The Buffalo Bills rebounded against the Tampa Bay Buccaneers with a fairly convincing victory in primetime for Thursday Night Football in Week 8. One statistic I love looking at is third-down conversions, and they tell quite the tale for this game. Why do I love them so? The number of third downs faced is a decent indicator of how often a team was held in check on first- and second downs. And the percentage of third downs gained then becomes a good metric for stops.
The Buccaneers had 15 third-down attempts, which is a little high but not crazy for a single game. That suggests some trouble on first- and second downs. They converted four of these, or 26.7%. Every team but the New York Jets converts more than 30% of the time. If you’re curious, Buffalo converts 49% of the time, behind only the Philadelphia Eagles at 50%. In this game, Buffalo converted seven of 13, or 53.8%.
We’re here to talk Buffalo’s defense though. They’re allowing conversions on 40% of tries this year, which is toward the lower end of the average cluster. So if you believed they did a better job than usual this game, you’d be right.
Play 1 — Early conversion
On this 3rd & 4 play, the Bills had tight coverage and were collapsing the pocket. Quarterback Baker Mayfield found a very narrow passing window and the Buccaneers converted. Later in the drive the Bucs were faced with 3rd & 15 due to flags and early success by Buffalo. Though Bills Mafia have dreaded 3rd & Long recently, safety Jordan Poyer easily read it and snuffed it out. Overall, Buffalo shut down situations like that throughout the evening.
Play 2 — Conversion due to penalty
As the GIF notes, safety Taylor Rapp was just a bit early and the Buccaneers were gifted a first down. It’s notable that of the four third-down conversions they had, it wasn’t exclusively besting Buffalo. Sometimes the Bills were their own worst enemy. Hold on to that thought.
Play 3 — Hold the Line, Part 1
On 3rd & 9 the Bills played that soft coverage a lot of fans like to complain about. At the pause you can see how many Bills were dropping back to cover the line to gain. Think of it strategically thusly; to beat Buffalo’s defense deeper, any route over nine yards has to develop for at least nine yards before the QB (Mayfield here) can even guess who will win their matchup. To contrast, if a corner jammed at the line and whiffed Mayfield would know right away if he had something coming open. That little bit of extra time can allow the pass rush to create magic.
On this exact play, Mayfield took an underneath throw as the Bills planned, which cornerback Christian Benford and safety Micah Hyde were there to shut down.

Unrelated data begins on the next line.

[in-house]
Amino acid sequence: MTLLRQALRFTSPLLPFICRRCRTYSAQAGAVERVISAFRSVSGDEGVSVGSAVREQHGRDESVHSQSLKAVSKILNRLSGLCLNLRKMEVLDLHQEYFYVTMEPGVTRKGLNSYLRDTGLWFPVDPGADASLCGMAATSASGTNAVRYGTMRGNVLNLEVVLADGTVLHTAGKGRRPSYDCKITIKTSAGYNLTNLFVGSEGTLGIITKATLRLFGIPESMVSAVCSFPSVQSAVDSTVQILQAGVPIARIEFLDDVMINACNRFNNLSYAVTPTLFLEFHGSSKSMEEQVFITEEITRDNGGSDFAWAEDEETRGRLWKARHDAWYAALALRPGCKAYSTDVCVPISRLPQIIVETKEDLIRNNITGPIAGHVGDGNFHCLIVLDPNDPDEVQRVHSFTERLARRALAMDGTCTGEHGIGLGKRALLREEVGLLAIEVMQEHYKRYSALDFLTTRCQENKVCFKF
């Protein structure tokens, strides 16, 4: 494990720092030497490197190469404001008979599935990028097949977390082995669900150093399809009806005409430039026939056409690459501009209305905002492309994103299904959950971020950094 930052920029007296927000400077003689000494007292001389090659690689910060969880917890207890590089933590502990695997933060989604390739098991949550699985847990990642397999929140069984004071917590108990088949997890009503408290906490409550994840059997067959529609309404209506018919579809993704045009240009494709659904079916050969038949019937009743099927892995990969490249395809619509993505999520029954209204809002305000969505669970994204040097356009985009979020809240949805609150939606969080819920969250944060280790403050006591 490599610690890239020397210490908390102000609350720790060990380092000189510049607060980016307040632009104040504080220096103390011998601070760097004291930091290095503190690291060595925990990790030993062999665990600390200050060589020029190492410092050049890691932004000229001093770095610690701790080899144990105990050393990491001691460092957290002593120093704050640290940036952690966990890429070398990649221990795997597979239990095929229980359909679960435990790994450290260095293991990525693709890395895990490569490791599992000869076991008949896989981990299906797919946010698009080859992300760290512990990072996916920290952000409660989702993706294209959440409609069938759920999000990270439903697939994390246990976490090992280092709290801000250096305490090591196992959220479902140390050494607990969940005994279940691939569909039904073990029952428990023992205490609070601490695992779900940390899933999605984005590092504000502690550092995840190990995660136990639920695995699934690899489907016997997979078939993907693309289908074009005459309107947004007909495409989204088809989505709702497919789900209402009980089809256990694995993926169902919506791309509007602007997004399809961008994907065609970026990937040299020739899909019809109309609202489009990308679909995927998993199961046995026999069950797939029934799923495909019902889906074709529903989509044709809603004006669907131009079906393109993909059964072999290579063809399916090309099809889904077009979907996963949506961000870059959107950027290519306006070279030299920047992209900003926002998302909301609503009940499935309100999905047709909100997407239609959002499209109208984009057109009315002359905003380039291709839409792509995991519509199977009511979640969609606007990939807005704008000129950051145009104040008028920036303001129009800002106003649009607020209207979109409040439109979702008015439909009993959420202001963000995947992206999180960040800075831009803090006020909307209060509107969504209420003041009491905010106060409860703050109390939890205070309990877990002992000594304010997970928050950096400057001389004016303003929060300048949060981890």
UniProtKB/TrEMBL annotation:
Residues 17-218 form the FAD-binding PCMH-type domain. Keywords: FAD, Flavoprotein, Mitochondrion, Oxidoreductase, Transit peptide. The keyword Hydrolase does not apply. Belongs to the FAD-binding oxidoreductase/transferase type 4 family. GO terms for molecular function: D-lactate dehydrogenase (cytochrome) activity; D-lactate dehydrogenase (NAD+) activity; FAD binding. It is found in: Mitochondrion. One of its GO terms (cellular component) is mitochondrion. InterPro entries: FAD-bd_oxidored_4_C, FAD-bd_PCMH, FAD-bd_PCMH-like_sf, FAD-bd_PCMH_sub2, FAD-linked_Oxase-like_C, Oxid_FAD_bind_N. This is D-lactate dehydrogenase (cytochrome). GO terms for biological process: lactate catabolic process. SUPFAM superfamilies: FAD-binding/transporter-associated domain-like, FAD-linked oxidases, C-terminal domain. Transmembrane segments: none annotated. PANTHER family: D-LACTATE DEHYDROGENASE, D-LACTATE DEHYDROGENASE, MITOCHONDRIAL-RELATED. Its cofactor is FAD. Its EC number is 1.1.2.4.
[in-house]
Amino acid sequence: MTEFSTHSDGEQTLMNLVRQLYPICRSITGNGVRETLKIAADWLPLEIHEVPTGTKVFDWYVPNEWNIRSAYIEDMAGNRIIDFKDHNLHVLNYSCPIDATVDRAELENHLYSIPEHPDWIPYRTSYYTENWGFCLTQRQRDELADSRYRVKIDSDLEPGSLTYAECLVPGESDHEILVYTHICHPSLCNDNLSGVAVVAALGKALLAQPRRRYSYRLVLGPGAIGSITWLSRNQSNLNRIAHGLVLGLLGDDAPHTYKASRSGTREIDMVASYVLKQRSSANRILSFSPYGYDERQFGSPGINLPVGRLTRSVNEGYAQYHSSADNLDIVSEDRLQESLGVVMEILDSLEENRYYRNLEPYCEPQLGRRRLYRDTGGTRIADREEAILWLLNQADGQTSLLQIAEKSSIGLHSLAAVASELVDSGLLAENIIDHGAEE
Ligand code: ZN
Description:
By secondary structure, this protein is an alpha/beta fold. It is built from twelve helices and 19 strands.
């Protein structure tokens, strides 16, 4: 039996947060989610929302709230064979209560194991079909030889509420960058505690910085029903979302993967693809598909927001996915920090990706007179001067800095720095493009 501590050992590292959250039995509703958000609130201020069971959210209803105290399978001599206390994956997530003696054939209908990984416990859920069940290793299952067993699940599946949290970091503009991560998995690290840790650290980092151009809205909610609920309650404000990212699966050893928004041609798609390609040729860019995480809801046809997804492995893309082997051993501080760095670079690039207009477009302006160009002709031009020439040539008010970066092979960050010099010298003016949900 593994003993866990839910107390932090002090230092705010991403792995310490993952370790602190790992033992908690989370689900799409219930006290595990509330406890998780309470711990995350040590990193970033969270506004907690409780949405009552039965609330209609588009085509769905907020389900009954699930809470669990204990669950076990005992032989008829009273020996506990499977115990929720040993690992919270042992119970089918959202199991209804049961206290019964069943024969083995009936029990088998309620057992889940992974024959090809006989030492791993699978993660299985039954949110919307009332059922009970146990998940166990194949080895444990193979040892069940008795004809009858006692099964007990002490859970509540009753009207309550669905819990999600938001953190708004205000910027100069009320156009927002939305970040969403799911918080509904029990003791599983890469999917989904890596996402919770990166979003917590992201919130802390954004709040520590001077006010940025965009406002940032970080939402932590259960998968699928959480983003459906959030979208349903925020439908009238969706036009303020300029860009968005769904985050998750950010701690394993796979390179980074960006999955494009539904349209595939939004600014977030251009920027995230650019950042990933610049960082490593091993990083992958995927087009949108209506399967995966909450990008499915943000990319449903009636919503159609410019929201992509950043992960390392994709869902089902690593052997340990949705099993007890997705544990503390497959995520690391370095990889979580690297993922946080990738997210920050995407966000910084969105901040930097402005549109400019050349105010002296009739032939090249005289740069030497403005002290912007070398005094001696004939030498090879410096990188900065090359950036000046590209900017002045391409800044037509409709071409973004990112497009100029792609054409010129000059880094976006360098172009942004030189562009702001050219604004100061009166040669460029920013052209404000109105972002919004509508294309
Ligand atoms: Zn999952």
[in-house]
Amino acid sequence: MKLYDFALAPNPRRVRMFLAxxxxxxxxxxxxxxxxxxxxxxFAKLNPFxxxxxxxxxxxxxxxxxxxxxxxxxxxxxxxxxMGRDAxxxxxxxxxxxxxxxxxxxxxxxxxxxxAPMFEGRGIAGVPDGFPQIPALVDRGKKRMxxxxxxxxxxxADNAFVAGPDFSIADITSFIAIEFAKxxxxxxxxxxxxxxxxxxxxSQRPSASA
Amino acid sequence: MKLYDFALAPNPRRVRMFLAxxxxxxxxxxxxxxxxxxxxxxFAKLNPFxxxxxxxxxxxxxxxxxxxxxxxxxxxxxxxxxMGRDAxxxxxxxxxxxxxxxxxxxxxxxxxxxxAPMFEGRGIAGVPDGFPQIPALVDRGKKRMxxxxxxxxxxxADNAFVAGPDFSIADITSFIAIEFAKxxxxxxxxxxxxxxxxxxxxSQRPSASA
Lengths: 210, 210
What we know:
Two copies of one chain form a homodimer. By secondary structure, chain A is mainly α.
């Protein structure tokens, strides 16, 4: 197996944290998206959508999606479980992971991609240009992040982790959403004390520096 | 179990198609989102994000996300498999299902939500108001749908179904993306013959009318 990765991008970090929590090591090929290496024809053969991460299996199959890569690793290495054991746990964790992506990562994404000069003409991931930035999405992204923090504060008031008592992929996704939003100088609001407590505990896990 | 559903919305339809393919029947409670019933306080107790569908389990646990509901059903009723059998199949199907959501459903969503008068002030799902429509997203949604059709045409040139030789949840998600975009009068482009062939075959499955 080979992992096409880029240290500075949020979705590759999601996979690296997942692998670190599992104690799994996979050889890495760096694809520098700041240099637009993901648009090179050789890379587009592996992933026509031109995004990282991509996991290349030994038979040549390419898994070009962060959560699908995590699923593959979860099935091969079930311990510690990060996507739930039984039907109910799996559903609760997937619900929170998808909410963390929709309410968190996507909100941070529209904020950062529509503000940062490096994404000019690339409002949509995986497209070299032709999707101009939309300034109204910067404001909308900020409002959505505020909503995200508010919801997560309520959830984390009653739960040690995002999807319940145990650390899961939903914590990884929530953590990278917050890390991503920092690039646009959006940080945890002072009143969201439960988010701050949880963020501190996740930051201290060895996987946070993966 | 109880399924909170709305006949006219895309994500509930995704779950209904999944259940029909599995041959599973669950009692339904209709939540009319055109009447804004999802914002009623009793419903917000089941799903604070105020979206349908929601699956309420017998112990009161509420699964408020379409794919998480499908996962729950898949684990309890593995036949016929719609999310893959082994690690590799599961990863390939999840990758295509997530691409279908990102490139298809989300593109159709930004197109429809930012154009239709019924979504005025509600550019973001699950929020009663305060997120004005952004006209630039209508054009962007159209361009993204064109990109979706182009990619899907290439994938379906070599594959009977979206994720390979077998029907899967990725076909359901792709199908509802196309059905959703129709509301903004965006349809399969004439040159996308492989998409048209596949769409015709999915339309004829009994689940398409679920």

Play 4 — The Terrell Bernard factor
I’ll reiterate that I was worried about losing Tremaine Edmunds. Here’s further proof of linebacker Terrell Bernard continuing to alleviate concerns. Mayfield believed his receiver’s crossing route would develop too quickly for Bernard to change course and get back into the play. Mayfield was incorrect.
Play 5 — About that pass rush
On another 3rd & 9, the Buccaneeers tried to get receivers downfield faster in an attempt to beat the coverage. Defensive tackle Jordan Phillips impacted the throw before the sideline route could fully develop. The result was a near-pick.
Play 6 — More pressure
This was a more manageable third down. Defensive end Greg Rousseau ended up behind Mayfield, but did so very quickly. That and some chaos in front of him made Mayfield jittery and quick to take off. It’s not a bad gamble by Mayfield to try and gain the five himself, but here, once again, was Bernard.
Play 7 — Hold the Line, Part 2
Feel free to re-read the narrative on Play 3 if you like. Just replace Benford and Hyde with “nearly the entire defense” as they swarmed to stop the conversion.
Play 8 — Jordan Poyer hybrid
You may have seen references this week to Jordan Poyer essentially playing linebacker against the Bucs. The Bills went with a heavy dime use, with Poyer becoming the player to rotate all over the field. Mayfield didn’t account for him perfectly here and Poyer jumped the route and nearly came away with the ball.
The Final Straw
What was reassuring in my Week 8 re-watch of the defense was the number of ways the Buffalo Bills were able to shut down drives by the Buccaneers. There was a healthy dose of smart scheme, plenty of individual efforts, and a smattering of players doing their 1/11 and remaining disciplined. It’s also intriguing that head Sean McDermott bucked early season trends and went with a lot of dime looks. This isn’t the first time the Bills have had to change schematically due to personnel changes (injuries this year). It’s good to see them doing so again as it gives hope that Buffalo can ride it out.
So what happened on the scoring drives? On the field goal the Bucs did pretty well, but only managed 36 yards. That forced a 57-yard field goal, which is no gimme. On the first touchdown it was only a two-play drive. Yes the defense allowed 23 yards in those two plays, which is pretty bad, but teams are often reeling a bit after a turnover.
On the final touchdown drive, Buffalo forced fourth-down three times. The first was negated by a flag on defensive back Taron Johnson. The second by a Jordan Phillips flag. Check out my thoughts on those plays in my weekly penalty recap. The third one was the touchdown itself, which if you recall ricocheted off Christian Benford’s helmet. Benford was in good coverage and the Buccaneers got a bit lucky. All told, the defense had a few gaffes but played fantastic. That’s especially true when considering the very short week the team had to prepare for a dangerous pair of receivers in Mike Evans and Chris Godwin.